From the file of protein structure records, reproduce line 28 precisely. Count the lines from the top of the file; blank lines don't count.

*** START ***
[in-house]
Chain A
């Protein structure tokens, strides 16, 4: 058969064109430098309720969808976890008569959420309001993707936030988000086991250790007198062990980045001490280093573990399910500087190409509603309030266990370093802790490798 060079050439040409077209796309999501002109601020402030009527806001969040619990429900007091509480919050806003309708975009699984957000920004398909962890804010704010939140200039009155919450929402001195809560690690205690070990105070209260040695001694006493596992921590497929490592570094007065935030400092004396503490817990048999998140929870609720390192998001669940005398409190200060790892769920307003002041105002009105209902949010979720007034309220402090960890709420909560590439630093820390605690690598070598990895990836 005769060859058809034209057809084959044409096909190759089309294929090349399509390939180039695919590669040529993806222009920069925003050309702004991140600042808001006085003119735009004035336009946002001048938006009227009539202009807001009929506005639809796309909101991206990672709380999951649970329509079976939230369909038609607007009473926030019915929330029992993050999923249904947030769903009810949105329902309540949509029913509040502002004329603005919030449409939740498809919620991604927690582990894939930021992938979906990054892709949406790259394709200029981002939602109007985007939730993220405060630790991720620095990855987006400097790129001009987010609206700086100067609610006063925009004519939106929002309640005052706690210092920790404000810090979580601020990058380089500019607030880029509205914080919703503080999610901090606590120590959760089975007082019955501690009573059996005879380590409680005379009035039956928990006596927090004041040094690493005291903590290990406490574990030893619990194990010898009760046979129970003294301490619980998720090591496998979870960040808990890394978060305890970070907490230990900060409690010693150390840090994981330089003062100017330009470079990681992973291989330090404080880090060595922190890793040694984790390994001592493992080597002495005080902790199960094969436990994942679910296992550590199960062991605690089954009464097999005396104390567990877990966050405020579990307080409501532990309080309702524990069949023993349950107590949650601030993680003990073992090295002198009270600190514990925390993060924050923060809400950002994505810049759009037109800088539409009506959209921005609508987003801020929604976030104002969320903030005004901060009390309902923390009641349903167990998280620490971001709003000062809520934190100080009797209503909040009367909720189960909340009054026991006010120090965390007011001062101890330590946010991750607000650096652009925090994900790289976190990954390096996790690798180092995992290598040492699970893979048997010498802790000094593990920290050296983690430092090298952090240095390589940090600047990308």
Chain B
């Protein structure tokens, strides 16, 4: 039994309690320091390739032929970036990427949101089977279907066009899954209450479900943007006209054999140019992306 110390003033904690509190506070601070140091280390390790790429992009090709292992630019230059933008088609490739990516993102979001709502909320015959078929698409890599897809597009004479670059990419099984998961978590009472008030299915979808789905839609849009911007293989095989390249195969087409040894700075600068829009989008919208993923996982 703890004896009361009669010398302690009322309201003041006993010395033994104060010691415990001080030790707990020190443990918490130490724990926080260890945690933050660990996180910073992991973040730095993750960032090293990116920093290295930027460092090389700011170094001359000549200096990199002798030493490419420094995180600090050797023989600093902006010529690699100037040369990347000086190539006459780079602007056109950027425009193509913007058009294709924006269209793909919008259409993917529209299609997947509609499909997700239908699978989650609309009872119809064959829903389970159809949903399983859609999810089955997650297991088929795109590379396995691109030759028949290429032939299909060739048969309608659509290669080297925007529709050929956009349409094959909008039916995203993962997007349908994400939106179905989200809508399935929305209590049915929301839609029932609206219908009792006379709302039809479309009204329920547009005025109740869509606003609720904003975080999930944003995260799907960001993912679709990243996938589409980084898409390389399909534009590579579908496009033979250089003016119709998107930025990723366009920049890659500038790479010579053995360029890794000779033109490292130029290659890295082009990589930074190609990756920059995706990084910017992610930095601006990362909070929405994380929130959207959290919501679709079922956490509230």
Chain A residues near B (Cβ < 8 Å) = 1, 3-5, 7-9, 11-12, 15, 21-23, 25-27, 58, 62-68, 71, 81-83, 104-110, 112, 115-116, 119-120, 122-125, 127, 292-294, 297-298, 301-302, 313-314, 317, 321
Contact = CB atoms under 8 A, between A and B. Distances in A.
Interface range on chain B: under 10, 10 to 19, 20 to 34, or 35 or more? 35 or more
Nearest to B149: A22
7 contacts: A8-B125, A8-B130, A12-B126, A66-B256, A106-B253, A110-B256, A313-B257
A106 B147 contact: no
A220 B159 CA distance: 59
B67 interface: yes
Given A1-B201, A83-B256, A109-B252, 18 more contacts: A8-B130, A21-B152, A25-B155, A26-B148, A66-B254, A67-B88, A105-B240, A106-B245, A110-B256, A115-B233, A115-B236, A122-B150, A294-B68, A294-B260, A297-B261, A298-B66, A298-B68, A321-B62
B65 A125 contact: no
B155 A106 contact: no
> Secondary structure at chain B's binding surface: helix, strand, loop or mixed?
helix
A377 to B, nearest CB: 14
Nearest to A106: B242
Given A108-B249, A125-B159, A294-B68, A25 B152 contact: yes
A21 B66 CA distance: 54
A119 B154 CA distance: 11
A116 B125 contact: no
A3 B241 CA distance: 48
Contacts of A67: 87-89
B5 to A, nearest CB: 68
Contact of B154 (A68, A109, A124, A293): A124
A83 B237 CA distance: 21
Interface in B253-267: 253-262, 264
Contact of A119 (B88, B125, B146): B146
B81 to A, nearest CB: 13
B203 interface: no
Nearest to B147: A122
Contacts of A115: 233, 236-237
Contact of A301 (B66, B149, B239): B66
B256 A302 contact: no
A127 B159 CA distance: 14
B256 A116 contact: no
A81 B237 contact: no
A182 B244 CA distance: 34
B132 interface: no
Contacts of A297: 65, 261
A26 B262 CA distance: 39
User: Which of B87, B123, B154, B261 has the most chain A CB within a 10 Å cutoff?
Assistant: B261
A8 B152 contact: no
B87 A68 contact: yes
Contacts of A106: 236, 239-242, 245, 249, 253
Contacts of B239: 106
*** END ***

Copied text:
Contact of B154 (A68, A109, A124, A293): A124